They analyzed data from a longitudinal study with 2,760 students from two different school tracks in the German states of Baden-Württemberg and Saxony. Students were initially assessed right after their transition from primary to secondary school in Grade 5. For the next three years, students were assessed annually between six and eight weeks after the start of each school year. They answered questions such as how many of their last 10 homework assignments in mathematics and German they did as well as possible. Also, they were asked how conscientious they thought they were including whether they would describe themselves as tidy or rather as messy and negligent. In addition to students’ self-reports, parents were asked to assess their children’s conscientiousness as well.
Results show that those students who invested a lot of effort in their homework between Grades 5 and 8 also profited in terms of their conscientiousness. Previous research has shown that conscientiousness tends to undergo a temporary dip in late childhood and early adolescence. As the results found by the Tübingen scientists suggest, doing your homework thoroughly and meticulously appeared to counterbalance this dip. Indeed, researchers found a substantial decrease in conscientiousness for students who reported that they had not made an effort with their homework. Those results were also backed by parents, whose reports matched those of their children.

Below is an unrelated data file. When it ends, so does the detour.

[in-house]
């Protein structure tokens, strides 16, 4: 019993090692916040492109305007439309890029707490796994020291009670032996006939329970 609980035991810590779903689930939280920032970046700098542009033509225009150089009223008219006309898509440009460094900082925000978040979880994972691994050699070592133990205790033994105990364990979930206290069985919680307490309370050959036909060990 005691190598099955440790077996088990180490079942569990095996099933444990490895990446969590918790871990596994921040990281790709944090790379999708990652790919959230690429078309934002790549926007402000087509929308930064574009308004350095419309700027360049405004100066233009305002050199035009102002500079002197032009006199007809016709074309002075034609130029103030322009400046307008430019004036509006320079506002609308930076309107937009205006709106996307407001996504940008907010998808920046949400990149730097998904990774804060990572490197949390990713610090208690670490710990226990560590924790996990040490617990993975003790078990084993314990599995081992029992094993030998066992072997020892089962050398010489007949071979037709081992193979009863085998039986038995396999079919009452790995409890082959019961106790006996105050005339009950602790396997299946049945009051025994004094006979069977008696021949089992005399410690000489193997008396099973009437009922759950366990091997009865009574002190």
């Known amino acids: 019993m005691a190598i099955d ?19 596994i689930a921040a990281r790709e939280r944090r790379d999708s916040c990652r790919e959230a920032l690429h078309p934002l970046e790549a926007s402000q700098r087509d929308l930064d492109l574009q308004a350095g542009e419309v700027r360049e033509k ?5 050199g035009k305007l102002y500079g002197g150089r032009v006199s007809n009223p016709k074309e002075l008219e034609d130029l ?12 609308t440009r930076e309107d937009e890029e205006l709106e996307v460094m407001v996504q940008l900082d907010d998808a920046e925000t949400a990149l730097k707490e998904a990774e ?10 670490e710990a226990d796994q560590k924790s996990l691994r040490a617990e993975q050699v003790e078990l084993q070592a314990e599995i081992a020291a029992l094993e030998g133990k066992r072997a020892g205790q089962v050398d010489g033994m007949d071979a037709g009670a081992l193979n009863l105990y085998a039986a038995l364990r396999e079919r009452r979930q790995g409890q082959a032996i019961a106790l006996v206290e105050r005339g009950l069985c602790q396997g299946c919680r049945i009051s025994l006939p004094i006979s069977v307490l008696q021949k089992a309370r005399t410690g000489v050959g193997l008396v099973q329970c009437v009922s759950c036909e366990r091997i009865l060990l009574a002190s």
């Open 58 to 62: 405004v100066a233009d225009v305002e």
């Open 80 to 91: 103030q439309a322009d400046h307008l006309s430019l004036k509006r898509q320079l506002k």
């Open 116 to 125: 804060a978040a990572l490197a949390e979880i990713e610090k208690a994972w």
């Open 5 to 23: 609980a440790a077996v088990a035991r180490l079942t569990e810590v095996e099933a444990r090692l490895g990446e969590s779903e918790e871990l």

“Our results show that homework is not only relevant for school performance, but also for personality development — provided that students put a lot of effort into their assignments,” says Richard Göllner, first author of the study. “The question whether doing your homework can also influence the development of conscientiousness has been mostly neglected in previous discussions of the role of homework,” criticizes Ulrich Trautwein, director of the Hector Research Institute of Education Sciences and Psychology. “We need to define more precisely what expectations we have of the potential of homework and how those expectations can be fulfilled.”
So…..girls at Bethany. Let’s get those great habits ingrained into our daily life so that we can become more meticulous and conscientious about what we do in school.
This week we keep in our prayers:
- Ms Nelson, who gave birth to a healthy baby girl, Harper. Mum and bub and doing well; and
- Mrs Parsons, who is recovering from injuries received in a recent serious car accident.
- Mrs Rowland who finishes up this week as she prepares for the birth of her child. We wish her a safe delivery.
We also welcome Miss Catherine Tomasulo to the staff. She will be part of the TAS faculty and will replace Mrs Rowland until the end of the year whilst she is on Maternity Leave.